## 2. Parallel Classification for Hadoop StreamingThe classifier described belongs to a familiy of classifiers which have in common that they can mathematically be described as Tikhonov Regularization with a Square loss function, this family includes Proximal SVM, Ridge Regression, Shrinkage Regression and Regularized Least-Squares Classification. ( ## 2.1 training dataThe classifier assumes numerical training data, where each class is either -1.0 og +1.0 (negative or positive class), and features are represented as vectors of positive floating point numbers. In the algorithm below are: ## 2.2 the classifier algorithmTraining the classifier can be done with right side of the equation (13) from paper Classification of an incoming feature vector x can then be done by calculating: which returns a number, and the sign of the number corresponds to the class, i.e. positive or negative. 2. Parallelization of the classifier with Hadoop Streaming and Python Expression (16) in the paper has a nice property, it supports increments (and decrements), in the example there are 2 increments (and 2 decrements), but by induction there can be as many as you want: where and This means that we can parallelize the calculation of E.T*E and E.T*De, by having Hadoop mappers calculate each of the elements of the sums in as in the Python map() code below (sent to reducers as tuples) ## 2.3 – the mapper## 2.4 – the Reducer## 2.5 – Mapper and Reducer Utility CodeCode used to run map() and reduce() methods, inspired by iterator/generator approach from this mapreduce tutorial. ## 3. Finished?Assume your running time goes through the roof even with the above parallel approach, what to do? ## 3.1 Mapper Increment Size really makes a difference!Since there is only 1 reducer in the presented implementation, it is useful to let mappers do most of the job. The size of the (increment) matrices – E.T*E and E.T*D*e given as input to the reducer is independent of number of training data, but dependent on the number of classification features. The workload on the reducer is also dependent on the number of matrices received by the mappes (i.e. increment size), e.g. if you have a 1000 mappers having one billion examples with 100 features each, the reducer would need to do a sum of one trillion 101×101 matrices and one trillion 101×1 vectors if the mapper sent one matrix pair per training example, but if each mapper only sent one pair of E.T*E and E.T*D*e representing all the mappers billion training examples the reducer would only need to summarize 1000 matrix pairs. ## 3.2 Avoid stressing the reducerAdd more (intermediate) reducers (combiners) that calculates partial sums of matrices. In the case of many small increments (and correspondingly many matrices) it can be useful to add an intermediate step that (in parallel) calculates sums of E.T*E and E.T*D*e before sending the sums to the final reducer, this means that the final reducer gets fewer matrices to summarize before calculating the final answer, see figure below. ## 3.3 Parallelize (or replace) the matrix inversion in the reduction stepIf someone comes along with a training data set with a very high feature-dimension (e.g. recommender systems, bioinformatics or text classification), the matrix inversion in the reducer can become a real bottleneck since such algorithms typically are O(n^3) (and lower bound of Omega(n^2 lg n)), where n is the number of features. A solution to this can be to use or develop hadoop/mapreduce-based parallel matrix inversion, e.g. Apache Hama, or don’t invert the matrix... ## 3.4 Feature Dimensionality ReductionAnother approach when having training data with high feature-dimension could be to reduce feature-dimensionality, for more info check out Latent Semantic Indexing (and Analysis), Singular Value Decomposition or t-Distributed Stochastic Neighbor Embedding ## 3.5 Reduce IO between mappers and reducers with compressionTwitter presented using LZO compression (on the Cloudera blog) to speed up Hadoop. Inspired by this one could in the case of high feature dimension, i.e. large E.T*E and E.T*D*e matrices, compress the output in the mapper and decompress in the reducer by replacing base64encoding/decoding and pickling above with: and ## 3.6 Do more work with approximately the same computing resourcesThe D matrix above represents binary classification with a value of +1 or -1 representing each class. It is quite common to have classification problems with more than 2 classes. Supporting multiple classes is usually done by training by several classifiers, either 1-against-all (1 classifier trained per class) or 1-against-1 (1 classifier trained per unique pair of classes), and the run a tournament of them against each other and pick the most confident. In the case of 1-against-all classification the mapper could probably send multiple E.T*D_c*e – with one D_c per class and keep the same E.T*E, the reducer would then need to calculate (I/mu + E.TE).I once and independently multiply with several E.T*D_c*e sums to create a set of (omega,gamma) classifiers. For 1-against-1 classification it becomes somewhat more complicated, because it involves creating several E matrices since in the 1-against-1 case only the rows in E where the 2 classes competing occur are relevant. ## 4. Code(Early) Python code of the algorithm presented above can be found at http://github.com/atbrox/Snabler (open source with Apache Licence). Please let me know if you want to contribute to the project, e.g. from mapreduce and hadoop algorithms in academic papers. ## 5. More resources about machine learning with Hadoop/Mapreduce?- Apache Mahout – active project that implements (in Java) several machine learning algorithms (also unsupervised machine learning, i.e. clustering)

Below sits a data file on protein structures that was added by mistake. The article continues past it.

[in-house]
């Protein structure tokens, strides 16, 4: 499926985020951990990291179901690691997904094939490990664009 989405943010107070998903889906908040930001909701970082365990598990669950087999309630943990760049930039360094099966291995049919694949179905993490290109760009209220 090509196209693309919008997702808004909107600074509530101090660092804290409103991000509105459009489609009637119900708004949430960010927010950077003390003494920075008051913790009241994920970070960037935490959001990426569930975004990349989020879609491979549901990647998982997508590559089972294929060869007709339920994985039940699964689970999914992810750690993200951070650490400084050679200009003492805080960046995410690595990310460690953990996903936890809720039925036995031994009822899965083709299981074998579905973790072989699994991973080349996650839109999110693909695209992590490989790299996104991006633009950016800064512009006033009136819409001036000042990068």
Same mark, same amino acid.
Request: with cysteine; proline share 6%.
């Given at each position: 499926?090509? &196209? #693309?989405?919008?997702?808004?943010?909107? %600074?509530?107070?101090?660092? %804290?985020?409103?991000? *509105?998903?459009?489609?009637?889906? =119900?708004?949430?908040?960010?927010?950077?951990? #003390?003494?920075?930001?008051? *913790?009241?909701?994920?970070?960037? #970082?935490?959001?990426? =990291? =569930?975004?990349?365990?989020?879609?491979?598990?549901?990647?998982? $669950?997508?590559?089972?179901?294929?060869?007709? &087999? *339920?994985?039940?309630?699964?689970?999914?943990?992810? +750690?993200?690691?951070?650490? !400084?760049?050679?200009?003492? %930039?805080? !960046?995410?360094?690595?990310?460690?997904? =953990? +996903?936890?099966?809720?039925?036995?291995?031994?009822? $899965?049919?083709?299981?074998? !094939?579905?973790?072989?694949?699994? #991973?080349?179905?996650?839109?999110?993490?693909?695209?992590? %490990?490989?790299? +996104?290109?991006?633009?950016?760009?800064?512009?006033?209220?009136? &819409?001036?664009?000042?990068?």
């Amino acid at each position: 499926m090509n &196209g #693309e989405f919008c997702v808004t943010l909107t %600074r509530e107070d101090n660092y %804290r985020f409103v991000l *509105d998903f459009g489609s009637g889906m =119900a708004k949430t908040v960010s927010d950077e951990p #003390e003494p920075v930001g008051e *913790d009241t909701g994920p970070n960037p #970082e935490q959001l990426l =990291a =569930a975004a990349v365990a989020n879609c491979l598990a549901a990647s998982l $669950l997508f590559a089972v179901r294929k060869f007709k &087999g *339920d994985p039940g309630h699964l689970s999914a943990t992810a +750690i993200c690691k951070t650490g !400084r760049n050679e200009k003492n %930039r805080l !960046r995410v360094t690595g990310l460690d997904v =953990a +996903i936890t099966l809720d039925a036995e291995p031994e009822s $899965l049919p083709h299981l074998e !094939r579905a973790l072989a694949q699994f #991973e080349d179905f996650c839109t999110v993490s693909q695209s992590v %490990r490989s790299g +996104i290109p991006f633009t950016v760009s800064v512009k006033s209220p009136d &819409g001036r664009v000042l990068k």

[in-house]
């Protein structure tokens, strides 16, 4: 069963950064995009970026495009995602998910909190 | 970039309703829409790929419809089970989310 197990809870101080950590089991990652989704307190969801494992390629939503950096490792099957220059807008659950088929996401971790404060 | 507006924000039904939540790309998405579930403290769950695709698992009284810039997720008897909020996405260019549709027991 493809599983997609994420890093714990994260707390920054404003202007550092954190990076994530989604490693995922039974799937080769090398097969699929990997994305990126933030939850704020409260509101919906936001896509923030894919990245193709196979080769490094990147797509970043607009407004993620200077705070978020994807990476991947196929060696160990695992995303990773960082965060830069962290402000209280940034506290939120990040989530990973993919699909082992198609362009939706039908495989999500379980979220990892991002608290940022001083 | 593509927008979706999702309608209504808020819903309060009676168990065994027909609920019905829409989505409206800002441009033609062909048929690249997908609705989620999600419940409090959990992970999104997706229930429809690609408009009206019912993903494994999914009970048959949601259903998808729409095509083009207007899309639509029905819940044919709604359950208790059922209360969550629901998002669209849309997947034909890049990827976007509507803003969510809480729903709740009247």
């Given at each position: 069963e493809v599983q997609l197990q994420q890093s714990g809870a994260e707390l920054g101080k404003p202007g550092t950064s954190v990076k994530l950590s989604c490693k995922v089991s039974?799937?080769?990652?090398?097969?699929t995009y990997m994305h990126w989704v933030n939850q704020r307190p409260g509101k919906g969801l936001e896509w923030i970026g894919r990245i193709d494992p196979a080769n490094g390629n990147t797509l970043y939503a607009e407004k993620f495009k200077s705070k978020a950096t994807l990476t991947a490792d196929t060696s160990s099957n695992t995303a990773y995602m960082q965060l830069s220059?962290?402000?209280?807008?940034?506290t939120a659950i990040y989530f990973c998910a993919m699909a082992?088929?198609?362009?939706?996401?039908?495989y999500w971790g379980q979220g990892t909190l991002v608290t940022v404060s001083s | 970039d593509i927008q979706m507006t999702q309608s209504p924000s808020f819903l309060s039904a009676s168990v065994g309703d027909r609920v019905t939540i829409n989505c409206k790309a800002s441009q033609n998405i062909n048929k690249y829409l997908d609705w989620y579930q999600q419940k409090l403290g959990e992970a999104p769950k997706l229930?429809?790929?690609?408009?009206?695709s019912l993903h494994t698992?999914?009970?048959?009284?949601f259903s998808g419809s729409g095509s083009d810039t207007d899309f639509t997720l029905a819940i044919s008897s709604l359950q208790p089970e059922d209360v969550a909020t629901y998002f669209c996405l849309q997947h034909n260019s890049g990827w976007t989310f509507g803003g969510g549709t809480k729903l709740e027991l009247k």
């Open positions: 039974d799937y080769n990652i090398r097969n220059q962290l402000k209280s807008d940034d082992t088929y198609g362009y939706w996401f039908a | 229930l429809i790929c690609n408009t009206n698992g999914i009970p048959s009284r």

- Good paper about machine learning algorithms with mapreduce – http://www.cs.stanford.edu/people/ang//papers/nips06-mapreducemulticore.pdf
Best regards, Amund Tveit, co-founder of Atbrox |